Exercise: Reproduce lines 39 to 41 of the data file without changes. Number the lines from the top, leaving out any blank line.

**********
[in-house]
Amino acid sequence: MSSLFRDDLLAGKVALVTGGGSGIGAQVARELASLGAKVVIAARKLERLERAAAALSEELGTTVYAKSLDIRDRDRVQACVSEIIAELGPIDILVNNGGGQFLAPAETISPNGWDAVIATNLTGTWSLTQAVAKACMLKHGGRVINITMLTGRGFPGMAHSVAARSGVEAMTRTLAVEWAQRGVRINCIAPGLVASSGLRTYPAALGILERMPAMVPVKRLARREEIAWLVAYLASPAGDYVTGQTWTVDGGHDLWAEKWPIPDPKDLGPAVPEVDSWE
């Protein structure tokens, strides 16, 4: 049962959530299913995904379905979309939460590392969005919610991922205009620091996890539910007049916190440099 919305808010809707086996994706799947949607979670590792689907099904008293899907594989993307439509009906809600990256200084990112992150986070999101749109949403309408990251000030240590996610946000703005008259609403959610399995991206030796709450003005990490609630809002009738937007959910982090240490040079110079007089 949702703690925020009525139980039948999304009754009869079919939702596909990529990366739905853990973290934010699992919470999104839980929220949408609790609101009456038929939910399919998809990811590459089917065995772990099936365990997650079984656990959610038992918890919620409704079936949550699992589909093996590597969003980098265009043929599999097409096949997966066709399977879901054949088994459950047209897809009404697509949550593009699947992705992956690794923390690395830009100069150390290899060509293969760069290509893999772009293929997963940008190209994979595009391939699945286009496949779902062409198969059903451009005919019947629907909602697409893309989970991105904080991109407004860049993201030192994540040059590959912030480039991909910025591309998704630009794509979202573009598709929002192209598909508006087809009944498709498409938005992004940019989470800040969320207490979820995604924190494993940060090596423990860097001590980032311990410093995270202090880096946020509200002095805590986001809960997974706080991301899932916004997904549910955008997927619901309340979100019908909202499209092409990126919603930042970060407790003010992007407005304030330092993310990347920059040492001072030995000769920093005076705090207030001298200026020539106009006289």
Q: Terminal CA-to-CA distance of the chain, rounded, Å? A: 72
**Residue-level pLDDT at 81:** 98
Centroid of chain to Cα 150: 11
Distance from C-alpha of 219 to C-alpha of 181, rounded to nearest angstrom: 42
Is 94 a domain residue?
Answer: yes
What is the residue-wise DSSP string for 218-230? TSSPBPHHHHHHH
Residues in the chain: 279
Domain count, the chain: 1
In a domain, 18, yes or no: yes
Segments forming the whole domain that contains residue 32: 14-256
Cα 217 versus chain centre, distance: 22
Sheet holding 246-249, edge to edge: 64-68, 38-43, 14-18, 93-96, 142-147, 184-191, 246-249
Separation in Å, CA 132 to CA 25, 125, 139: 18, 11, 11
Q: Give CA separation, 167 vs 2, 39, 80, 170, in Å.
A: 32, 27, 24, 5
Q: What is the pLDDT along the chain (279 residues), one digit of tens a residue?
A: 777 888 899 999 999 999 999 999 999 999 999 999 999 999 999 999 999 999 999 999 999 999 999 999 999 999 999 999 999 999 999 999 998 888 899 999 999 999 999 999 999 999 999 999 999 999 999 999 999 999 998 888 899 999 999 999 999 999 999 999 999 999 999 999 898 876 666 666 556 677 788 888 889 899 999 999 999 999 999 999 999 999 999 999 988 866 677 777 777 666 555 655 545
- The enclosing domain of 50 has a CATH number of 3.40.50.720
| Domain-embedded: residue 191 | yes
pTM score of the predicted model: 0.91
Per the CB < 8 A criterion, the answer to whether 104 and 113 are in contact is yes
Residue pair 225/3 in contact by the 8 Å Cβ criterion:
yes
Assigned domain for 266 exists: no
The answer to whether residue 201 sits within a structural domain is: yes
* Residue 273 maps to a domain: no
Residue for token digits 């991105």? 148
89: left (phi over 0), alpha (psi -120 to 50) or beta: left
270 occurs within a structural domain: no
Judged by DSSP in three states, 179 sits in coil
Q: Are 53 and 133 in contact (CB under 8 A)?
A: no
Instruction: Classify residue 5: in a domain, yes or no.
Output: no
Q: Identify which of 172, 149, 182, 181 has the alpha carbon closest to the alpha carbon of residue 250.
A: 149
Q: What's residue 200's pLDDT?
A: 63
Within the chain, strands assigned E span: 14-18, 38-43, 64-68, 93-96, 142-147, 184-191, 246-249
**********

Q: Identify which of 172, 149, 182, 181 has the alpha carbon closest to the alpha carbon of residue 250.
A: 149
Q: What's residue 200's pLDDT?